Item # 040005.
Produced by Neil Simon. Narrated by James Hattori.
During World War II, the U.S. government detained more than 100,000 people of Japanese descent in internment camps spread throughout the West. One camp was different. Run by the Department of Justice, the Santa Fe Camp held 4,555 men seen as the 'worst of the worst.' Despite their experience behind barbed wire, their story has largely been unknown -- a hole in the history books for the last 60 years.
This documentary is based on 20 hours of exclusive interviews with former Santa Fe survivors and their families, declassified government documents and private photographs. This film tells a story that, in many cases, fathers never told their own children after the war. Santa Fe's prisoners were all men -- some Japanese nationals, some U.S. citizens. Many were Buddhist ministers, some were businessmen, teachers or journalists from the West Coast, Hawaii, and Latin America whom the U.S. government feared would be able to gain large pro-Japanese followings.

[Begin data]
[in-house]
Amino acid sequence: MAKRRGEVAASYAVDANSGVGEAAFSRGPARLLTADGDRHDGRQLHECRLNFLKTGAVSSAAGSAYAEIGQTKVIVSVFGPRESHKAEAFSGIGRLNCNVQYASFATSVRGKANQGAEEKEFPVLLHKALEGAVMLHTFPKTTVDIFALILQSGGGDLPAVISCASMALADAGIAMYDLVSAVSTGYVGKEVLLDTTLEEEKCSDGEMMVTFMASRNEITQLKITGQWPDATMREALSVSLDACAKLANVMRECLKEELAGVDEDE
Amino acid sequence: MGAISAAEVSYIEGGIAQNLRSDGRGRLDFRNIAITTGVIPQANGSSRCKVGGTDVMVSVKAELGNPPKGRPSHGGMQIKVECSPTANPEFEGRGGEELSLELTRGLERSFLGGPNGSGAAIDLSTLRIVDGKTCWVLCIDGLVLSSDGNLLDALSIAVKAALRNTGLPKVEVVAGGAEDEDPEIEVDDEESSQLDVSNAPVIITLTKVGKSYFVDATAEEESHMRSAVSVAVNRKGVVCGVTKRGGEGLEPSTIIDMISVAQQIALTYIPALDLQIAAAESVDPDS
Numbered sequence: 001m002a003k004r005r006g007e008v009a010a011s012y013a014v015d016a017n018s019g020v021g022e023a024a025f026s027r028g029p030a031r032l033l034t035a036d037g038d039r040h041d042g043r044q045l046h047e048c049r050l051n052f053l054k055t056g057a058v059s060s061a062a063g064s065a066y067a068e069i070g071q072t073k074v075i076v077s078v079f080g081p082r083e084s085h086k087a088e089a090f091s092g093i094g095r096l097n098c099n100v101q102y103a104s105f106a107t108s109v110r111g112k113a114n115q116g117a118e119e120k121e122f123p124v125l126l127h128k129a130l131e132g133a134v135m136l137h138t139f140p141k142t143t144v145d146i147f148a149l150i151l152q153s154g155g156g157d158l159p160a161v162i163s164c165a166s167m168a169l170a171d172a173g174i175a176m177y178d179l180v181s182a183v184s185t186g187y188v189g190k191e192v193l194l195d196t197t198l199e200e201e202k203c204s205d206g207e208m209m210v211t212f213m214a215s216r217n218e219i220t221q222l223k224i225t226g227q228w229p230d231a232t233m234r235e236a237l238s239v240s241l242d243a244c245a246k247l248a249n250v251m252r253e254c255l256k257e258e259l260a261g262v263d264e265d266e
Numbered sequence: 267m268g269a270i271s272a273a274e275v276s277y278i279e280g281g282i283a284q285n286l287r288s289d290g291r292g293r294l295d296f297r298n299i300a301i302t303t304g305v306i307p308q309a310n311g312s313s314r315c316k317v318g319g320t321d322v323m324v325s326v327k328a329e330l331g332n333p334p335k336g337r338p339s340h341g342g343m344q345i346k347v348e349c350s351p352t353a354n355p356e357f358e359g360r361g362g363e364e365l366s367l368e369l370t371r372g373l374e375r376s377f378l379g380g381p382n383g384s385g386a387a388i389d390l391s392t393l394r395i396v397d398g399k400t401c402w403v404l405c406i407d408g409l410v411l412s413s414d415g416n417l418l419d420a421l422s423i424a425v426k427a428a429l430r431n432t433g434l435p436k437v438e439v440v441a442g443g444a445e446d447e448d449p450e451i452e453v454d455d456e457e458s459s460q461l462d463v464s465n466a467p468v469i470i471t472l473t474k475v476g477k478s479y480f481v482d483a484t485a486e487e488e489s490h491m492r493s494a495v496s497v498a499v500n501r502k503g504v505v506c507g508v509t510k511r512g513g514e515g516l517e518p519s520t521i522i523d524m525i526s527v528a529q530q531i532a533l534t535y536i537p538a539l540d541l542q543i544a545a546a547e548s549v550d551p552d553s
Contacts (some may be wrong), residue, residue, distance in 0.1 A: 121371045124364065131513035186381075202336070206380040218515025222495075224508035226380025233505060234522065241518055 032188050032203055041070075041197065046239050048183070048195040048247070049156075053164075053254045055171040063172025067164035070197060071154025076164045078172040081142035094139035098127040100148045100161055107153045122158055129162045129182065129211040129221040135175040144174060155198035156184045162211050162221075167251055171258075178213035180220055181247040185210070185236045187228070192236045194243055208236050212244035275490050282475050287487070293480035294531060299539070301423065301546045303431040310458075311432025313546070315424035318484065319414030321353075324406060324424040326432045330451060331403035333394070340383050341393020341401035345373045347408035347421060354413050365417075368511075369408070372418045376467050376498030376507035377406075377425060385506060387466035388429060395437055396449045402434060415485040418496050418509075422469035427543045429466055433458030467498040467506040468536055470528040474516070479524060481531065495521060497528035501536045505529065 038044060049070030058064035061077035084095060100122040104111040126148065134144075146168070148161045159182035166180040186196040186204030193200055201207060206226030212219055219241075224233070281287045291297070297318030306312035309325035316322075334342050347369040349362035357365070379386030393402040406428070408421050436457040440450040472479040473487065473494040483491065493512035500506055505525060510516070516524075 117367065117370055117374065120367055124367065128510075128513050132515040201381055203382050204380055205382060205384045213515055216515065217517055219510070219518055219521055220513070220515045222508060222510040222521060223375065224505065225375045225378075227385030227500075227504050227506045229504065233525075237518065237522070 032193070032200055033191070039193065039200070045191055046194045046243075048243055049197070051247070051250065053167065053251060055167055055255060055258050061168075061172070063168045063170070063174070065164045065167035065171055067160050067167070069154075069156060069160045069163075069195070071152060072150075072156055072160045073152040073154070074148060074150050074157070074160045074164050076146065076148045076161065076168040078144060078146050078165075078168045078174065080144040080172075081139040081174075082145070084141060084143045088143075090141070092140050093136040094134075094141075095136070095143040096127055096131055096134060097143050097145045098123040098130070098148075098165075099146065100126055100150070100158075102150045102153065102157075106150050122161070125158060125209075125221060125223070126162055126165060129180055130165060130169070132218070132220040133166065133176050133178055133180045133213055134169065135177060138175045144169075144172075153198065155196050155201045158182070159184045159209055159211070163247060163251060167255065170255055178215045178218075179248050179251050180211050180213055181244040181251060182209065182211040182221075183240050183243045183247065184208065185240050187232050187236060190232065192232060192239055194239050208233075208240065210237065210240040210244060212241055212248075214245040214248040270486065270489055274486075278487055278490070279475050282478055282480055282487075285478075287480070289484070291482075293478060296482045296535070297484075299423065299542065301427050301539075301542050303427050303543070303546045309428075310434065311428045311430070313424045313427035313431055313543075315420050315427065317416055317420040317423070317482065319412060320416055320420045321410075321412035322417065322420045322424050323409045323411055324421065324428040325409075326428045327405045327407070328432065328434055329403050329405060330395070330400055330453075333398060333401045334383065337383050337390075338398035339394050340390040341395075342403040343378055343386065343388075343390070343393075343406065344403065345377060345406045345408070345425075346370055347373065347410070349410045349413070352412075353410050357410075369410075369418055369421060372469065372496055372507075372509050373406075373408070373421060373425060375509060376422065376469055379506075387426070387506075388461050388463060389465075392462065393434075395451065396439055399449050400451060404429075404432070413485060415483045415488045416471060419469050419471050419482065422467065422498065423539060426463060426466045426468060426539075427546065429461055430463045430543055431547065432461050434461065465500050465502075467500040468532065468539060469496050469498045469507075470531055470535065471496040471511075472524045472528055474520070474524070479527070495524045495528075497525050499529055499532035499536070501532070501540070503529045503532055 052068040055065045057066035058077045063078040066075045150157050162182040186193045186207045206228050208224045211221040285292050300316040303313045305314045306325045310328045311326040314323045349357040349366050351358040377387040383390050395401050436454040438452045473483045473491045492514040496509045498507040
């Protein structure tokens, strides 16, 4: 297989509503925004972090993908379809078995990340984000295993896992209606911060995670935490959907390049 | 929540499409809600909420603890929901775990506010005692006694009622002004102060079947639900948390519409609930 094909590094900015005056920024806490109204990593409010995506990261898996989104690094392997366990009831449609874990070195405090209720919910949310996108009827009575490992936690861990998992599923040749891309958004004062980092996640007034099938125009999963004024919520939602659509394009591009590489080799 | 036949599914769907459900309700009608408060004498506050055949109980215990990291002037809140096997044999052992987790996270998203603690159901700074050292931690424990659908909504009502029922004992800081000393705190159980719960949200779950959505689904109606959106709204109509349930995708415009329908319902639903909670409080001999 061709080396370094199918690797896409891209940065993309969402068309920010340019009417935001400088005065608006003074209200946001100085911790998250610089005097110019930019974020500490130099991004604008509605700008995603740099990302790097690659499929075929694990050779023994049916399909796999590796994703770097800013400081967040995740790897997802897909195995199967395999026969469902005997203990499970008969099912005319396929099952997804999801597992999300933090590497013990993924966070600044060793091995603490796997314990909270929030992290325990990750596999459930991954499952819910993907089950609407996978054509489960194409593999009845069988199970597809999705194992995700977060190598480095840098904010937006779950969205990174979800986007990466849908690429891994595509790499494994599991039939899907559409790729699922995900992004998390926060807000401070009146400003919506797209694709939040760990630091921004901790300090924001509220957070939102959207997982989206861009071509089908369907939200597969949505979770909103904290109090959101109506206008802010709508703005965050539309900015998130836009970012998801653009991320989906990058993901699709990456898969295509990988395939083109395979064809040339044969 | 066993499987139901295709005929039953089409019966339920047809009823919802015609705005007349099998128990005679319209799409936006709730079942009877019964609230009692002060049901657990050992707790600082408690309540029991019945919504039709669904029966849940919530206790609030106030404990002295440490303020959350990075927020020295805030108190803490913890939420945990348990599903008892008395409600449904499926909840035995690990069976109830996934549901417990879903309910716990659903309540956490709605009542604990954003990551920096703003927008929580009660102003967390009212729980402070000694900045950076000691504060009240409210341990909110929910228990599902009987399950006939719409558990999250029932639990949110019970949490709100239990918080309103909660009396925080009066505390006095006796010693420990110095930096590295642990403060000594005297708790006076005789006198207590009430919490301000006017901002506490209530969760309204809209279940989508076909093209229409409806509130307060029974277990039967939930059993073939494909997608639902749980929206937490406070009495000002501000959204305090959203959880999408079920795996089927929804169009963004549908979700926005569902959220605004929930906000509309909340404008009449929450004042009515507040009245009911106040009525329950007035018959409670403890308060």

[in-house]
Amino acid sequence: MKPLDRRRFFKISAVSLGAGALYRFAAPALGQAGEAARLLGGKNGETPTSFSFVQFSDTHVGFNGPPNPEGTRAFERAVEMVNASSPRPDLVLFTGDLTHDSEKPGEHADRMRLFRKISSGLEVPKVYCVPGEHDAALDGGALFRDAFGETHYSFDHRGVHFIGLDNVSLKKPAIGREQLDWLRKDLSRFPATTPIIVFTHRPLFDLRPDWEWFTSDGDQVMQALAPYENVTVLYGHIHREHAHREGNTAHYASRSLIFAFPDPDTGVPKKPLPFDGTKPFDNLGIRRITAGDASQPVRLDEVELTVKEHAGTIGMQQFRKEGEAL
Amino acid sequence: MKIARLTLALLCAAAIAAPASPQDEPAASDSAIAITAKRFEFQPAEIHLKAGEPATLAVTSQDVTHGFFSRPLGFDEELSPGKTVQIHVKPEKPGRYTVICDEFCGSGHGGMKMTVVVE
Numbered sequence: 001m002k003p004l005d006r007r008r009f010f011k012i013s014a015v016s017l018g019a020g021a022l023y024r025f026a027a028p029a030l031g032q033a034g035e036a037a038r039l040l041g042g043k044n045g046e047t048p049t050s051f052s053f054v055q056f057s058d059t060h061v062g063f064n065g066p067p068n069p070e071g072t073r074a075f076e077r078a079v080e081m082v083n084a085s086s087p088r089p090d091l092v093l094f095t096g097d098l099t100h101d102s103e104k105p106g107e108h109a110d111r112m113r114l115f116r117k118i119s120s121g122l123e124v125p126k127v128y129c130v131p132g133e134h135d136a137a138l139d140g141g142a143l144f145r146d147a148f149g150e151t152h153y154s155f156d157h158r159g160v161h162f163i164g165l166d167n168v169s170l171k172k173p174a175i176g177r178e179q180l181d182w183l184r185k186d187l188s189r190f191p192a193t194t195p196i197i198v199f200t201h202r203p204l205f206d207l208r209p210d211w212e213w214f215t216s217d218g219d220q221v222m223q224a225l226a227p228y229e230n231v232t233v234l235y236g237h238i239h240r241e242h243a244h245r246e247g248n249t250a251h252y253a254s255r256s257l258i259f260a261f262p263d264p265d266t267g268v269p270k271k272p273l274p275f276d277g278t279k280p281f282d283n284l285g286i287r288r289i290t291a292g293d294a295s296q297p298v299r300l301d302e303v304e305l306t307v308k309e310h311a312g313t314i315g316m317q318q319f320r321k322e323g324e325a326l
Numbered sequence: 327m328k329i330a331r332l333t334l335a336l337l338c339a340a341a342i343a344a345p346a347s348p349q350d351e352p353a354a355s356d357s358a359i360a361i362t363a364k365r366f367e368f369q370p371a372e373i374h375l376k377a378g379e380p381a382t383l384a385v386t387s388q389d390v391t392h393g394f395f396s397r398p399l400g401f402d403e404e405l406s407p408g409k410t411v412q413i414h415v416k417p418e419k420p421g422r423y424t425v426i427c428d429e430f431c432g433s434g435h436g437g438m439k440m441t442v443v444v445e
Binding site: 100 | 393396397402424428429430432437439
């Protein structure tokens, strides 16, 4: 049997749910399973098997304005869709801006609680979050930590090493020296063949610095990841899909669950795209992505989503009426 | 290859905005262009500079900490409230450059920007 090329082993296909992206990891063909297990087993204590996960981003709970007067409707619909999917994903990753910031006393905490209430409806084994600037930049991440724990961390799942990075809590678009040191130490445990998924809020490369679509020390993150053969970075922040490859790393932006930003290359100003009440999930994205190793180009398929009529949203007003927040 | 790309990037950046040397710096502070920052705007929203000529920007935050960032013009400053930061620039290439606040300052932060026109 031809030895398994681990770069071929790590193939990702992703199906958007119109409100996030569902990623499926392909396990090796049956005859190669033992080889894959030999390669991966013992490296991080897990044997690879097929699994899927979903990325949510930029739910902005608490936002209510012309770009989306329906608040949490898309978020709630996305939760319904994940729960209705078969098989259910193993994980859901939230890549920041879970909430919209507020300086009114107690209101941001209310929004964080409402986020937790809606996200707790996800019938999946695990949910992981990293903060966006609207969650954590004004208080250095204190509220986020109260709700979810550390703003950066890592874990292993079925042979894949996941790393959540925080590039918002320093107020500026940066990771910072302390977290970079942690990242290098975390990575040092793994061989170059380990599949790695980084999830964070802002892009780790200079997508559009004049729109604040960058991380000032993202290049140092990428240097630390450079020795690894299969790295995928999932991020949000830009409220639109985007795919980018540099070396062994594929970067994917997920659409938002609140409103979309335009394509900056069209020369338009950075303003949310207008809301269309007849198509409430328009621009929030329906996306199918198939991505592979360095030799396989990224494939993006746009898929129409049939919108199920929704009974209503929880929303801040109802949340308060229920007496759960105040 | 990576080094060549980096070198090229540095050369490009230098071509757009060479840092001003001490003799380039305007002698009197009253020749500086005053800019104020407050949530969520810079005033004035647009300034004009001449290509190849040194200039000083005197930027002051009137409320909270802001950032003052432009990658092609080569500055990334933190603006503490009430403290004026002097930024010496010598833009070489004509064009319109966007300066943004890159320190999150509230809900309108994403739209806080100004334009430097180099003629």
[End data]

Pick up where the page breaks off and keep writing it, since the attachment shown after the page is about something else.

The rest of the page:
Running time: 91 min.
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